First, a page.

The Heart of the Matter
Peter Gabel's new book explains why we're alienated and how to change it.
Posted Feb 06, 2018
"A human being is a part of a whole…but he experiences himself, his thoughts and feelings as something separated from the rest, a kind of optical delusion of his consciousness." —Albert Einstein
Peter Gabel's brilliant new book, The Desire for Mutual Recognition: Social Movements and the Dissolution of the False Self, seeks to understand both the source of our collective suffering and the prospects for a radical social change movement through a lens that draws from psychoanalysis, critical social theory, and his own sophisticated brand of phenomenology—what Gabel calls a "phenomenology of social being." His language is the high-brow language of philosophy but his aim is a down-to-earth plea for a dramatic shift in how we understand human alienation and the conditions necessary to effect social change through what he calls a ”spiritualization” of politics. Through illuminating the drawbacks of liberalism, Marxism, psychoanalysis, existentialism, and deconstruction, Gabel urges us to create a social movement that expresses and honors our deepest longings for love, understanding, and recognition.
Recognition is at the heart of Gabel’s theory. He posits that it is in the nature of “being” (Heidegger’s concept of Dasein), manifesting itself from the first instant of life, before language and representational thought, that human beings long for mutual recognition. By mutual recognition, he is referring to an authentic and loving connectedness, something similar to Martin Buber’s “I-thou” relationship and also to what some attachment theorists call empathic attunement. All of us long to be lovingly "seen" for who we really are, and we seek to love others in the same way.
While we all want to experience this sense of being joyfully present with the other, we never quite get enough of it. This is because we are systematically “misrecognized” by our caretakers, who, themselves, weren’t truly recognized by their caretakers. As any psychotherapist will tell you, failures of empathy are ubiquitous. No one can give what they didn't get. Love and approval are inevitably conditional and riddled with the fears and projections of our caretakers, and, thus, the trauma of misrecognition is endlessly and continuously reproduced in our families, schools, and everyday work and social life. People adapt to what they didn't get by developing "false" selves, isolated and separated from one another, as if by following the “rules,” mirroring the fearful and withdrawn states of others, and being the perfect person that everyone else needs us to be, we can finally get some small shred of the truly authentic love that’s really needed—love for who we really are, not for our performance.
This process of adaptation and compromise is automatic and normal. The way things “are” becomes the way that things are “supposed to be.” Both literally and metaphorically, we walk down our streets, and go through our lives obeying the rules by subtly averting our gaze from each other, fearful of the vulnerability inherent in making real eye contact. We develop roles and mistakenly identify our true selves with these roles—waiters, psychologists, Democrats, Americans—as if these performances reflect our essence--which they do not.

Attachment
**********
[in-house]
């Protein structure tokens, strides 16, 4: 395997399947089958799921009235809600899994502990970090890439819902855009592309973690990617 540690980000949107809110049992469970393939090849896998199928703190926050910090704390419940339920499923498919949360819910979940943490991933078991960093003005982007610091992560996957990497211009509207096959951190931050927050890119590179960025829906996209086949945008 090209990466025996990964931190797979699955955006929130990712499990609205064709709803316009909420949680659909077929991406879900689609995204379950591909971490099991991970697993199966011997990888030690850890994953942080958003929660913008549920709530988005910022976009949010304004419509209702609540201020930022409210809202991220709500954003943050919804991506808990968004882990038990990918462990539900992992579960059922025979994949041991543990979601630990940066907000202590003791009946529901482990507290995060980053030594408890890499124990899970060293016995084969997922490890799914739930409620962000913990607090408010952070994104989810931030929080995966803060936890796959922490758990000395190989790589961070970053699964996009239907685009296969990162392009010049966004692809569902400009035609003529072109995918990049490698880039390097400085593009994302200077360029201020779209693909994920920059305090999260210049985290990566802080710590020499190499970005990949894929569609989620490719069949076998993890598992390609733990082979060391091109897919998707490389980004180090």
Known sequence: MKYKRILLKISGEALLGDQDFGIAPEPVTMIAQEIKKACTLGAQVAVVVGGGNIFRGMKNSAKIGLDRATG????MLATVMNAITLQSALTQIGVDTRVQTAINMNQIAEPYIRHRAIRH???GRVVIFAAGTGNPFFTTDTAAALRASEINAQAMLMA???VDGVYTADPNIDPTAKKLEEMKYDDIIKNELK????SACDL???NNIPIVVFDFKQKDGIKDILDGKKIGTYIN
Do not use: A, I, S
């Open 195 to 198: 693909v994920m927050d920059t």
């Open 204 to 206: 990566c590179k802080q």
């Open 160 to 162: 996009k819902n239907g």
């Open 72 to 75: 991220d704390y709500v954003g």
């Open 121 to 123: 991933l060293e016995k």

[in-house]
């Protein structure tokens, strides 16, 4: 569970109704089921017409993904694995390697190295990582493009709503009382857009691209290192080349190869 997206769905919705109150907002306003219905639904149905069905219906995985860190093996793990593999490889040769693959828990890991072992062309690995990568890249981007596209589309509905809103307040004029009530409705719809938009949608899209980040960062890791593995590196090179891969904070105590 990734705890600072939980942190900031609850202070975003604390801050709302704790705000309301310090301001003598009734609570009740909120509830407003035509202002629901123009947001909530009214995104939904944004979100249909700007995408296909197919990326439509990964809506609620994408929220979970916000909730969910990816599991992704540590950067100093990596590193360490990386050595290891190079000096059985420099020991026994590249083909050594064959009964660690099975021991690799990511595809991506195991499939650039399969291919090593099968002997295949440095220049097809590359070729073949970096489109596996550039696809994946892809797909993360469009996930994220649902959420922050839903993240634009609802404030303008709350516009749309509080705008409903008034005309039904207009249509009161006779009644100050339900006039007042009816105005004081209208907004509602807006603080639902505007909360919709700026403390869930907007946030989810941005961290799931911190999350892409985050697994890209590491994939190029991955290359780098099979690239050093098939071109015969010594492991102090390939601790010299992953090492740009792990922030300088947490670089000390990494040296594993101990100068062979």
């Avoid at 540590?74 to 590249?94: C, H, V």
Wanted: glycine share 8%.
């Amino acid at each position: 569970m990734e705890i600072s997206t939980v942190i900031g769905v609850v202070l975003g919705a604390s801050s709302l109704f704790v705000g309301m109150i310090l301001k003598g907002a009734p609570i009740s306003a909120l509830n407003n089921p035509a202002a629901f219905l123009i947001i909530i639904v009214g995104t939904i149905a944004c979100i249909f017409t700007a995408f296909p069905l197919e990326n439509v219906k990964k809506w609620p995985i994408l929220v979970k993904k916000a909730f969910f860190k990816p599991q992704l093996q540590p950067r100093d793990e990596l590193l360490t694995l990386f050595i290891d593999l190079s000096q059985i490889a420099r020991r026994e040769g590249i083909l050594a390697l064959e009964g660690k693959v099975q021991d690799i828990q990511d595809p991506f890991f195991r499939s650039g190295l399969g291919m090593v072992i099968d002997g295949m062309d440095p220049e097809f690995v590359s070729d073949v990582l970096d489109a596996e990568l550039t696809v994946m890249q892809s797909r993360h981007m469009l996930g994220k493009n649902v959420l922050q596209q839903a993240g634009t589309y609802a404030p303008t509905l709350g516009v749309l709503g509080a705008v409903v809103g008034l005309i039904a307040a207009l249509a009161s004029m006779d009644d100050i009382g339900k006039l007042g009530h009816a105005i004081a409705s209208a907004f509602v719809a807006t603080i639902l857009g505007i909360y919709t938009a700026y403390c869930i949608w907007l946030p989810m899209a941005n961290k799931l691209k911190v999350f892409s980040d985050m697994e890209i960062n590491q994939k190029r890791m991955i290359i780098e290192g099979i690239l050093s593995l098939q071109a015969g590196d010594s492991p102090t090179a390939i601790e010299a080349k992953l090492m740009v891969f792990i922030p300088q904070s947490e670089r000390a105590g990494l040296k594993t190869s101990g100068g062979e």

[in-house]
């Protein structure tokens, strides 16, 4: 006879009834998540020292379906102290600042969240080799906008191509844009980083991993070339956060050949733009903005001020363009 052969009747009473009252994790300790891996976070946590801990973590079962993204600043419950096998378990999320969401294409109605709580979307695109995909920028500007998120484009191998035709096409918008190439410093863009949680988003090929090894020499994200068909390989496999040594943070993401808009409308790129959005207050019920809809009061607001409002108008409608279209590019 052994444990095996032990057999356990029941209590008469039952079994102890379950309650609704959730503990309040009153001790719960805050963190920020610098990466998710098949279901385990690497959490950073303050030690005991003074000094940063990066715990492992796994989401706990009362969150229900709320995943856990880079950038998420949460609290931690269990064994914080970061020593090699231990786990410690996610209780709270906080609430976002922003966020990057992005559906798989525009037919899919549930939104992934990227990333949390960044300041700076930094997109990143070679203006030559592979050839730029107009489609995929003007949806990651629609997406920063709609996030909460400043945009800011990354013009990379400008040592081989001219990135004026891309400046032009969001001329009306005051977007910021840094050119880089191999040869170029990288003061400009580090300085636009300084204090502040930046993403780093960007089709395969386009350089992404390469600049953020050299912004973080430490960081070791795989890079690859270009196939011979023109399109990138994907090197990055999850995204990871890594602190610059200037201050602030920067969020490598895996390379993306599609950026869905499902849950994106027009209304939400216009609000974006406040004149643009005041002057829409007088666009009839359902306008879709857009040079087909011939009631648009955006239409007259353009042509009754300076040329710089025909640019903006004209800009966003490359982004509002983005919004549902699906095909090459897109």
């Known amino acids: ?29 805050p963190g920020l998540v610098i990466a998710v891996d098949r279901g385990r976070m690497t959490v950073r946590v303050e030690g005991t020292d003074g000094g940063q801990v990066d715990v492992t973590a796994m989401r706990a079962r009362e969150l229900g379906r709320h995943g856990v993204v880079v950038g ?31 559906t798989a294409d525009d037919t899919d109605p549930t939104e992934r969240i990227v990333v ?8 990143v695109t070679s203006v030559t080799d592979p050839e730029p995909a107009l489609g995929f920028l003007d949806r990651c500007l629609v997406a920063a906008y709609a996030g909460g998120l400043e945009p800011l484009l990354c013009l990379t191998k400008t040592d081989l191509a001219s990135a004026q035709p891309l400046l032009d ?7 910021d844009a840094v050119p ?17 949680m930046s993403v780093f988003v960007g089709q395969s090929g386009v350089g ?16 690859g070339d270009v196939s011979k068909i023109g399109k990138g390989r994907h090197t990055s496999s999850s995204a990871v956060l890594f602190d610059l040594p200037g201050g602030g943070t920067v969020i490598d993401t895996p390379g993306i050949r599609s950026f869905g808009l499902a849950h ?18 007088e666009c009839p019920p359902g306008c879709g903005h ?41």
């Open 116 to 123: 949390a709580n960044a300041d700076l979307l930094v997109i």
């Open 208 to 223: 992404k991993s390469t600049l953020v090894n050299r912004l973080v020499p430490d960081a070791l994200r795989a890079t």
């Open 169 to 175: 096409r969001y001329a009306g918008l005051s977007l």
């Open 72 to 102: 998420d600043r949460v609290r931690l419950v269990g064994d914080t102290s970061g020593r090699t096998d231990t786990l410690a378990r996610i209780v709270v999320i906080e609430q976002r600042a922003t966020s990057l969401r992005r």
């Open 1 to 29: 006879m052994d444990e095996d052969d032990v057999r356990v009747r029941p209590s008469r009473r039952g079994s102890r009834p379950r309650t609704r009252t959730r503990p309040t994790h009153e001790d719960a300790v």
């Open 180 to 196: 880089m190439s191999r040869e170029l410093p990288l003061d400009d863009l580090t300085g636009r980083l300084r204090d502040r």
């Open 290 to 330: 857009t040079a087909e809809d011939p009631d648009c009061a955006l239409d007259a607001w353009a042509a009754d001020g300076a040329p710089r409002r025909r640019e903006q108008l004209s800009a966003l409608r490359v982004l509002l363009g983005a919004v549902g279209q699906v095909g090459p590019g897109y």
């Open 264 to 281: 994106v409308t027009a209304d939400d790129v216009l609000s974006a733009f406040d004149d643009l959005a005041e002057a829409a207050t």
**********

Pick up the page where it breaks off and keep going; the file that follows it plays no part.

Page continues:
But as Gabel reminds us, our frustrated desires for mutual recognition do not go away. Instead, they are repressed behind a false self which functions to protect us from revealing our innermost desires to others who might fail to reciprocate. Gabel argues that attempting to be truly present to others without the confidence that they will do the same, risks an ontological humiliation, the danger of which continually keeps us from risking too much or expecting too much from others. So we adapt, comply, and conform to social norms all the while feeling hollow inside. Sadly, these false-self relationships come to seem better than nothing—they are, after all, relationships—even though they feel alienated and even though our true longings for mutual recognition are buried safely and hidden behind our defenses—what Gabel calls a “moat.”
But while hidden behind a moat, defended by our false selves, and enforced by fears of humiliation, our deepest longings for authenticity and connectedness always push toward consciousness, like whispers seeking expression. For Gabel, alienated social life is the best of a bad bargain. All of us are split personalities with the hunger for love and recognition always in conflict with the need to protect ourselves from the danger of humiliation. This hunger for love becomes especially manifest in the world when it is tapped into by social movements.
In the background of Gabel’s book is the depiction of the human spirit at war with itself, always seeking reciprocity and connection while at the same time keeping itself withdrawn and artificially separate. We identify with our roles, or other abstractions such as our race, our position in the social hierarchy, or our nation as if these things were real when in fact they are imagined. We invest these static things with reality, as if they exist, “out there,” external to who we really are, when in fact, they are collectively sanctioned defenses. We then strengthen these false identifications by projecting all of our bad feelings onto others, some enemy, which then reinforces our sense of belonging—in our collective imaginations—to a superior group. A false but gratifying “we” is created by demonizing a “they.”